In Table 1, we can see that the intrinsic dispersion in the FJR ( $\sigma_{\rm FJR}$) for each fit changes appreciably each time we include brighter galaxies in the sample (upper magnitude cut-off). Apart from these changes, we can also see variations in the coefficients of the FJR. These variations are greater than the associated errors in most cases (the differences in the B coefficient may be as great as 85%). Figure 2 shows the variation in the B coefficient as function of the upper magnitude cut-off. On the other hand, when we perform the FJR analysis by considering first the brightest galaxies in each sample and progressively include fainter galaxies (lower magnitude cut-off), the behaviour of the FJR parameters is similar to that described above: both the intrinsic dispersion and the FJR coefficient-values change systematically as we increase the width of the magnitude interval (see Table 2 and Fig. 3).

We also analyse the data by considering galaxy samples in progressively brighter fixed-width magnitude intervals (narrow-magnitude-intervals), that is, by considering magnitude intervals of the same width over the whole magnitude range. The behaviour of the B coefficient may be seen in Table 3 and Fig. 4, where we show that the differences in the B coefficients in 1-mag wide interval may be as great as 58%. However, when the width of the magnitude interval is increasingly reduced, the differences from one magnitude range to another tend to disappear. That is, at constant magnitude ( $\Delta M = 0$) the B coefficient seems to be the same for both bright and faint galaxies.

To investigate whether the changes in the B coefficients for increasing-magnitude-intervals and 1-mag wide intervals are significant or whether they are only the product of statistical fluctuations, it is necessary to apply non-parametric tests to the data for the galaxy sample. The non-parametric tests appropriate to our study include the run test (Bendat & Piersol 1966; Nigoche-Netro et al. 2008, 2009). In Table 4, we show the results of the application of the run test method to the data. As a null hypothesis, we assume that there is no underlying trend in the data. The percentages given in Table 4 refer to the confidence level with which we may reject the null hypothesis. In Table 4, we may see that, on average, the null hypothesis may be rejected with a confidence level of 93 per cent. This implies that there are strong reasons to affirm that there is an underlying trend in the values of the B coefficient of the FJR.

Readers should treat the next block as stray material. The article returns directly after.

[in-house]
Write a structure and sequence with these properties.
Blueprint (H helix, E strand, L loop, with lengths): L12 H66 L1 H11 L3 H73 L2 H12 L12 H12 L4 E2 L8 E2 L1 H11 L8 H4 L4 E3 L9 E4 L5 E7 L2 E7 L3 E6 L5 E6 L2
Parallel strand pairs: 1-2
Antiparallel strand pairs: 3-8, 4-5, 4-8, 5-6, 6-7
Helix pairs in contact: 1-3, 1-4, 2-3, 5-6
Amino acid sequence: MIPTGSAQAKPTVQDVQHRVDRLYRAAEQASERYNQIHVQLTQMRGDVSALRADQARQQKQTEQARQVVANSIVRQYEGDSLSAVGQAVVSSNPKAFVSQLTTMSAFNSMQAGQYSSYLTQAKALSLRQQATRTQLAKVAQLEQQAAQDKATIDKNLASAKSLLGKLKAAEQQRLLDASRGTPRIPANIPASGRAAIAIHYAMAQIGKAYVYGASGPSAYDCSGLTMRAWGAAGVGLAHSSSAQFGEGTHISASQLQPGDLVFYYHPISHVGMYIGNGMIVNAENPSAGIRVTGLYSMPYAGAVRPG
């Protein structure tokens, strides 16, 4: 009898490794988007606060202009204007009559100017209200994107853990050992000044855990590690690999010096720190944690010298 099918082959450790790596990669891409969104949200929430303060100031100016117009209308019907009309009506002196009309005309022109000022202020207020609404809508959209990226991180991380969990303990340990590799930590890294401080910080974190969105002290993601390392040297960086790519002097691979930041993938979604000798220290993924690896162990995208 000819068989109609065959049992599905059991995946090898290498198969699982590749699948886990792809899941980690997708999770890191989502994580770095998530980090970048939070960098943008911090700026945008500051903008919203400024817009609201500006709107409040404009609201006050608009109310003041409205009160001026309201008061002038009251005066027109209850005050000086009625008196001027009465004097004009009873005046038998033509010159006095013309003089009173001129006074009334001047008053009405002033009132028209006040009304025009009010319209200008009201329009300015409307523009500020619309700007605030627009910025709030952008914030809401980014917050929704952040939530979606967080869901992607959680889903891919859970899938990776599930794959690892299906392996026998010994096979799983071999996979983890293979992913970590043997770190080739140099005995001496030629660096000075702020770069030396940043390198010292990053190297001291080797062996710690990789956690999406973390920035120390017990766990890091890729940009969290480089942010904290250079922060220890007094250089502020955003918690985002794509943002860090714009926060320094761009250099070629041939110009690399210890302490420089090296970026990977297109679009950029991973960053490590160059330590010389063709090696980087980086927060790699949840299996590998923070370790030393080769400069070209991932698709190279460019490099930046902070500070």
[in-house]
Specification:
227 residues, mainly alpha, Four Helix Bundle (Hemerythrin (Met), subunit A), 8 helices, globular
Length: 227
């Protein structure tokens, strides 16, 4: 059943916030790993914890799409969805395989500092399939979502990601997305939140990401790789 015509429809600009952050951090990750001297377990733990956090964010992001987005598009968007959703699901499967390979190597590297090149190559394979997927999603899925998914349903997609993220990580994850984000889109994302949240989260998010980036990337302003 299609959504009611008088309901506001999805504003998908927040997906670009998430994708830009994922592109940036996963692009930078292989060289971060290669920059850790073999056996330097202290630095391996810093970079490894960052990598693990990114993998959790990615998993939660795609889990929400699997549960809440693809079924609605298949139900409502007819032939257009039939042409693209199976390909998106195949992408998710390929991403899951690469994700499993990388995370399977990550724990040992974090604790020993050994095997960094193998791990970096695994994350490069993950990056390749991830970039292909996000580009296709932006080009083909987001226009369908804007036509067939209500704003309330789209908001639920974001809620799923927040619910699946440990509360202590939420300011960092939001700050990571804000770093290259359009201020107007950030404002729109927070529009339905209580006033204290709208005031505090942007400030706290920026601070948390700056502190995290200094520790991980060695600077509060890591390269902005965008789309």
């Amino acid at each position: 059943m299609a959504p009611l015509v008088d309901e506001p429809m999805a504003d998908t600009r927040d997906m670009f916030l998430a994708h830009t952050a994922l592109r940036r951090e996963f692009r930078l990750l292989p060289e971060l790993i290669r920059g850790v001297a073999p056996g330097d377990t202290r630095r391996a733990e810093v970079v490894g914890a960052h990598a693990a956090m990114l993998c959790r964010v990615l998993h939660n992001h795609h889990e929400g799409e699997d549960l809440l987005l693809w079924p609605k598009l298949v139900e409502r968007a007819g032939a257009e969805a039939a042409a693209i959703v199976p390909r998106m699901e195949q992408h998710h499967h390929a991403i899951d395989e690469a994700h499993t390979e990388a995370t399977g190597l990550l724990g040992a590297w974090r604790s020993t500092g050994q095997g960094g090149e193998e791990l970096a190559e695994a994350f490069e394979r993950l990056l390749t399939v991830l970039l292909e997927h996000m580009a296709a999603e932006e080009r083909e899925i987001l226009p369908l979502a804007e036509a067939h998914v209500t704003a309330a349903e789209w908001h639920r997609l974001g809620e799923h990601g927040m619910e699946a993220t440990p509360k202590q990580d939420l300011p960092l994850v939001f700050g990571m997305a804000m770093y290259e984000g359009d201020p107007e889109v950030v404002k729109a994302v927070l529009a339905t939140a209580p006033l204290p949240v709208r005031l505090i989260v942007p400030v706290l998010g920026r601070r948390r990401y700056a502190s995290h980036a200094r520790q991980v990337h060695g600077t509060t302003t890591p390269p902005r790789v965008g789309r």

3.2 Dependence of the structural relations on the magnitude range

Nigoche-Netro (2007) and Nigoche-Netro et al. (2008, 2009) demonstrated, using both observational data and Monte Carlo simulations that the coefficients and the intrinsic dispersion of the KR and the FP depend on the width of the magnitude range and the luminosity of galaxies within this magnitude range. This dependence is caused by a ``geometrical effect'' because the distribution of the ETGs on the $\log(R_{\rm e})$, $\left\langle \mu\right\rangle _{\rm e}$ and $\log(\sigma_0)$ parameter space depends on luminosity (magnitude segregation, see also Desroches et al. 2007) and the geometrical form of the ETGs distribution in this space is not symmetrical (variations in the intrinsic dispersion). Since the FJR is a projection of the FP, the dependence of the values of the FJR coefficients on the luminosity and width of the magnitude range might be caused by a similar ``geometrical effect'' of the ETGs distribution in the plane of the variables M and $\log(\sigma_0)$. In fact, this is the case given that the distribution of the galaxies that define the FJR depends explicitly on luminosity. In Sect. 3.1, we established that the coefficients values and the intrinsic dispersion in the FJR change systematically as we consider brighter galaxies. This implies that the geometrical shape of the galaxy distribution changes as brighter galaxies are considered. This may easily be checked in Fig. 5 where one can see that as brighter galaxies are considered the shape of the galaxy distribution changes systematically.